Landmark Properties set to break ground next week
For Iraq and Afghanistan veterans living on Long Island, finding an affordable new home is the difference between remaining on the Island and leaving.
According to Mark Baisch, of Rocky Point-based Landmark Properties, many Long Island veterans cannot afford to purchase a home on the Island and are forced to move.
Baisch, alongside Commander Joseph Cognitore of the Veterans of Foreign Wars Fischer/Hewins Post 6249 of Rocky Point, is helping two veterans and their families live a little easier with the construction of two new homes on Tyler Avenue in Sound Beach.
According to Cognitore the $250,000 homes are actually worth around $400,000. Basich said the properties could not exceed $250,000 in order for the vets to afford the property and mortgage rates. But, with the help of Suffolk County and the Long Island Housing Partnership, Baisch said the price of the properties could be reduced to $190,000 each.
“They’re getting a brand new Landmark house for it looks like possibly … a hundred plus thousand dollars less than market value,” Baisch said.
The reduced price allows veterans to get an affordable mortgage like the VA mortgage, which offers zero down payment.
According to Cognitore, he and his committee of veterans screen each candidate to determine the vet’s need for the home after the mortgage company approves them for a loan. The vets must also be first-time home buyers who make less than $200,000-$300,000 annually. The amount of years a vet served, the size of their family and whether they received awards for their service are determining factors. However, for Cognitore and his committee the hardest part is selecting the candidates.
“It’s a good opportunity for a couple of families,” Cognitore said. “Unfortunately, everybody that we interview deserves a home.”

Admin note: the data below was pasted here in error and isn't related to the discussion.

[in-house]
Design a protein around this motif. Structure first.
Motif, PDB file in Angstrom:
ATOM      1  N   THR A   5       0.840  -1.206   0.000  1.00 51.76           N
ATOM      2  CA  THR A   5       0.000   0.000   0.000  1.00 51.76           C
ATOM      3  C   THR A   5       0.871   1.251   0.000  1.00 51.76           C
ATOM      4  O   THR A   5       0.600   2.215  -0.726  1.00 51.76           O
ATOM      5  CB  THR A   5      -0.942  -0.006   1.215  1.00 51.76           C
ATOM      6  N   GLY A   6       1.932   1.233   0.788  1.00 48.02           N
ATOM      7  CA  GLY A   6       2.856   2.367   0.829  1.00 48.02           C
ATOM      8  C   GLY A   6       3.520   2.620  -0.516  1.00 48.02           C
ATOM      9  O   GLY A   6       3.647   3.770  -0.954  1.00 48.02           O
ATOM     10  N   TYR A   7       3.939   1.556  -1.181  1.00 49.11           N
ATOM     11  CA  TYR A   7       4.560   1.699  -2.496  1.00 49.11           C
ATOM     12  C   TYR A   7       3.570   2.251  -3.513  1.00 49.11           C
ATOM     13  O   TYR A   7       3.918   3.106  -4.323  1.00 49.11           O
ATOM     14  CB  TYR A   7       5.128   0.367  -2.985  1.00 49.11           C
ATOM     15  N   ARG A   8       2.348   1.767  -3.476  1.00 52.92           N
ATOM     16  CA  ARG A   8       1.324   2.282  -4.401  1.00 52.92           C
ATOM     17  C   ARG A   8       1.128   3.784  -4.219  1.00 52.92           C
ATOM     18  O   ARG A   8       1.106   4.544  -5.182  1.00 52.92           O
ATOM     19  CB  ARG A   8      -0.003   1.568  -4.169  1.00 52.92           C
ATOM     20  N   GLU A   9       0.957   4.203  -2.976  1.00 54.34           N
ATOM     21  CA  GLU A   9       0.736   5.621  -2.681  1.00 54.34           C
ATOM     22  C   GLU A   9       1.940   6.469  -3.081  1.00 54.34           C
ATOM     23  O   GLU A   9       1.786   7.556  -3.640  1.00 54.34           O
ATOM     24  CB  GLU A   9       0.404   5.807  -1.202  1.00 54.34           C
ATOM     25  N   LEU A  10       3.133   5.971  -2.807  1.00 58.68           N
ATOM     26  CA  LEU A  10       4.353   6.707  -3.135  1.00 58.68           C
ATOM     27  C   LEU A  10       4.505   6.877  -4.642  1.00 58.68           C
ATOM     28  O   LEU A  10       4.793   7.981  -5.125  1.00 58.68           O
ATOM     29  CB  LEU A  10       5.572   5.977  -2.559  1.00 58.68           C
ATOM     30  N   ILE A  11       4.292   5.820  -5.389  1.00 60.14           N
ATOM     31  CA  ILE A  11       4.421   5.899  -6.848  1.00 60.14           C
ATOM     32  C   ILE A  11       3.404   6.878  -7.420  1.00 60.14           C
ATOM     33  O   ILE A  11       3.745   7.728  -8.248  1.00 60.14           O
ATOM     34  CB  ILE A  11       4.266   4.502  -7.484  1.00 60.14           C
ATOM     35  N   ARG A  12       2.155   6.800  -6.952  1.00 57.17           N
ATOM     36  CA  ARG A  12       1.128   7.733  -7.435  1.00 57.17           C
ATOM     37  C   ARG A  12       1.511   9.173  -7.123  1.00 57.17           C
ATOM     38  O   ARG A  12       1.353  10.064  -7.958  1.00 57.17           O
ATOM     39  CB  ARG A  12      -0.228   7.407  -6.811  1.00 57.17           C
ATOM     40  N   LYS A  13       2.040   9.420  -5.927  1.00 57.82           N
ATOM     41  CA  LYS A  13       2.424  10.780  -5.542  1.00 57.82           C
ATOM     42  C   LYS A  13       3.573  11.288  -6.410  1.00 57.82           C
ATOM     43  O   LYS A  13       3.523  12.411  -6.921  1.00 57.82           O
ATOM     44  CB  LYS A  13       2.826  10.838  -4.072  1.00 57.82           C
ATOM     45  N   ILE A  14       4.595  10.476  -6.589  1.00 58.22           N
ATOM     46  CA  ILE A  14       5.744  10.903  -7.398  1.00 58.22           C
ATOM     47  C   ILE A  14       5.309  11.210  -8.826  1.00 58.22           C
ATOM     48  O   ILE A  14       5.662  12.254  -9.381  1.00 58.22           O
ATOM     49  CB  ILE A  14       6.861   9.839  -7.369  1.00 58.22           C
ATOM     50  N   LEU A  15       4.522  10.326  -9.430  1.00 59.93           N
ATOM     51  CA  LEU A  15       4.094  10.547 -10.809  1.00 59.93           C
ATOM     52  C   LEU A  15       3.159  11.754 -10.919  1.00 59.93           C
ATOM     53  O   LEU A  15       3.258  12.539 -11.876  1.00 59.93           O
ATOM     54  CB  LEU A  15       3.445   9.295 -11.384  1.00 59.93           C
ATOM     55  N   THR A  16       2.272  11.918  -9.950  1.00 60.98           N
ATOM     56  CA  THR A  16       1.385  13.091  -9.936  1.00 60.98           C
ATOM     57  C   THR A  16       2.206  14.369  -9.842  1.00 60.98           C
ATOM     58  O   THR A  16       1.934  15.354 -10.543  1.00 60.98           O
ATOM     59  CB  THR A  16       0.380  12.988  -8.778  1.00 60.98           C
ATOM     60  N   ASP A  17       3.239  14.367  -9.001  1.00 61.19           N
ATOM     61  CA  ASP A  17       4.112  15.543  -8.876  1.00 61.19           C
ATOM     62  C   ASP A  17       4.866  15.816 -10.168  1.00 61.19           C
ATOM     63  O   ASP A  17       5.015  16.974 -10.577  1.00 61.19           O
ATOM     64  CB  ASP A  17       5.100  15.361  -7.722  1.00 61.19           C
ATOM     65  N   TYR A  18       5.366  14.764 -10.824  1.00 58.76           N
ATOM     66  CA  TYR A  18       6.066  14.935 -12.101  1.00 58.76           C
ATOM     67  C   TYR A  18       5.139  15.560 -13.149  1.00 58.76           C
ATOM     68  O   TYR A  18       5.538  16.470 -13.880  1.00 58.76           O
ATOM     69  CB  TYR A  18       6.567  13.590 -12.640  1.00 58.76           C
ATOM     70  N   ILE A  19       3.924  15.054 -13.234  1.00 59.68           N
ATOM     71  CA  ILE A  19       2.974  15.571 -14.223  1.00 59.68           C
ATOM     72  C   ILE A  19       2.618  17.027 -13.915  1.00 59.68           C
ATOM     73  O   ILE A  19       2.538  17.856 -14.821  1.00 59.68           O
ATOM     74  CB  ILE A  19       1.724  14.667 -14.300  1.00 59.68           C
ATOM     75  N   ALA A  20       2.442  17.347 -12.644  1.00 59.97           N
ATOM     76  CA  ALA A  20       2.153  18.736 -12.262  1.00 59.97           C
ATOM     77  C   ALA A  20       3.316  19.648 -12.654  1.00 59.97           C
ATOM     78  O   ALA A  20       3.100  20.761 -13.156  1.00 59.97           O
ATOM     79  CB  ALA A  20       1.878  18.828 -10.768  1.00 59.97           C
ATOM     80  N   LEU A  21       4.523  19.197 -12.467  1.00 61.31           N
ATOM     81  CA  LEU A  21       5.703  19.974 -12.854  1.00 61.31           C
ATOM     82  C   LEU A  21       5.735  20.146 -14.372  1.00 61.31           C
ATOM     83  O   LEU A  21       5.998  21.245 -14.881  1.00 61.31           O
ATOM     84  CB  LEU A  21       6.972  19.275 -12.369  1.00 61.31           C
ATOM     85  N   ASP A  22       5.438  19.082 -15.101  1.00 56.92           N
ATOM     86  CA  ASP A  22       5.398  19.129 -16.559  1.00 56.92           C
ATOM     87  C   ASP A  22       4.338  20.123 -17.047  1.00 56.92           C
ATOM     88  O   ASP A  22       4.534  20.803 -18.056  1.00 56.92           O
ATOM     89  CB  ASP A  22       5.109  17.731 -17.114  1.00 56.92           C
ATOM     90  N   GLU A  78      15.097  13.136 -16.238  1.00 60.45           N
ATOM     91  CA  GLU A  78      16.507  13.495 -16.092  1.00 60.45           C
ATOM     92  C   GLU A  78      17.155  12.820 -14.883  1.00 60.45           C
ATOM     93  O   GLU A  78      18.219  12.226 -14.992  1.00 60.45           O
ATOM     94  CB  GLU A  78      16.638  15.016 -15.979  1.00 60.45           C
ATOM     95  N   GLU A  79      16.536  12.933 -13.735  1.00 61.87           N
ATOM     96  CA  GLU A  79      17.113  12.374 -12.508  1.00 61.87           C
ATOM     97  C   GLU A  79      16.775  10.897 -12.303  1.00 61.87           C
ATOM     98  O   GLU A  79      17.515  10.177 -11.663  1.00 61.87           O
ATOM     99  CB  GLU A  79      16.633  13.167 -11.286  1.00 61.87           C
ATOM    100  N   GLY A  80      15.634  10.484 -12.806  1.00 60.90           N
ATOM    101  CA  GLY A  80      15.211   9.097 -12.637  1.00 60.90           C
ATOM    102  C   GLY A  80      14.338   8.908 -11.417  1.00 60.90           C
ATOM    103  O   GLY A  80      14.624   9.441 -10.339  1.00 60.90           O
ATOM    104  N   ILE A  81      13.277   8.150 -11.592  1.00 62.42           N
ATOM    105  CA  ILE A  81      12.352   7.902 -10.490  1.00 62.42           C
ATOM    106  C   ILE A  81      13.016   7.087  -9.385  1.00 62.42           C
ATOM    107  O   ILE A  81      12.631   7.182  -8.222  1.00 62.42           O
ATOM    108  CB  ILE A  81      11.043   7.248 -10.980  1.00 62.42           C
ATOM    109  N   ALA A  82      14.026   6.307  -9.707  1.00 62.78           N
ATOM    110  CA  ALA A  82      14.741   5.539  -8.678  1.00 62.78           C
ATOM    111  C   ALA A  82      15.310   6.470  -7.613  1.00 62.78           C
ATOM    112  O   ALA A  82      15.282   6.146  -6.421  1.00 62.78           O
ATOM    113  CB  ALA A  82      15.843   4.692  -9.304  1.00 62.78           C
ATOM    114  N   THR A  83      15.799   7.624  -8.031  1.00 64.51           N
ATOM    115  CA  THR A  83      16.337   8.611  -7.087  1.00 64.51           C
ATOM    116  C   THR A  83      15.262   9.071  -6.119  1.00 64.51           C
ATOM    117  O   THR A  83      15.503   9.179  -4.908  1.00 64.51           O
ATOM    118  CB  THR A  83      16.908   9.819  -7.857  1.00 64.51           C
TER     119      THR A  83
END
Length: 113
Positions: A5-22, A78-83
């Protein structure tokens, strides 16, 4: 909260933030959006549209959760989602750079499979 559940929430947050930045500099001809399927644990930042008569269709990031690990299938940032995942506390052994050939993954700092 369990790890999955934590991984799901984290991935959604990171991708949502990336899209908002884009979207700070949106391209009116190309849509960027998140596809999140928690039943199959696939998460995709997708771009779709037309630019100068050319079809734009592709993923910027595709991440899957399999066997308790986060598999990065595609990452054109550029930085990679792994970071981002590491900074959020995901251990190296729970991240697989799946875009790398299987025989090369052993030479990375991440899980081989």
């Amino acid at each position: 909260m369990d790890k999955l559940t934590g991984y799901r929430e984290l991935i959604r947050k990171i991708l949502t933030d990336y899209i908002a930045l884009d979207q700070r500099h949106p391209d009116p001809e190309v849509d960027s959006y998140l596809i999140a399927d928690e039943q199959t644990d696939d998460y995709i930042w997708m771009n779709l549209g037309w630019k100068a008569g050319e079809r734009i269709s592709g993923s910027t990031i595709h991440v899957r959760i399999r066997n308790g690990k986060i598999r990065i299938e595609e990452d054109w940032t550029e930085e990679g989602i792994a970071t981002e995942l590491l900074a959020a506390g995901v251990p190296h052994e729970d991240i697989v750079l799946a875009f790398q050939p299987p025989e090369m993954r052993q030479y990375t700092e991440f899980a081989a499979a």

Although this is not the first time Cognitore and Baisch are helping Long Island veterans, this is the first time Baisch is constructing the homes alone. Landmark Properties’ construction workers may start clearing the land this week, according to Baisch.
While a veteran with physical disabilities has not received one of the homes in the past, Baisch said he could tailor the home to the veteran’s needs. Cognitore hopes to select the veterans before Landmark Properties finishes construction.
“What happened in the past, we got all the candidates together and a lot of times they couldn’t wait to build the home,” Cognitore said regarding construction. “They didn’t know who the candidates were right away so they had to start building the home prior to the candidates being picked.”
Cognitore said they would reach out to previous candidates who did not receive a home and bring them up to speed with the process.
Regardless of the veterans who get the homes, both Cognitore and Baisch are happy to make a difference and help vets in need.
Cognitore said the lower cost of the homes “makes it affordable for them and they could just make it. That’s the kind of opportunities that we’re looking for.”
Baisch expressed similar thoughts.
“Every veteran that I’ve sold a house to has told me that if it weren’t for [the homes], they would have left Long Island,” Baisch said.
This version corrects a typo that misidentified a country where American veterans served overseas.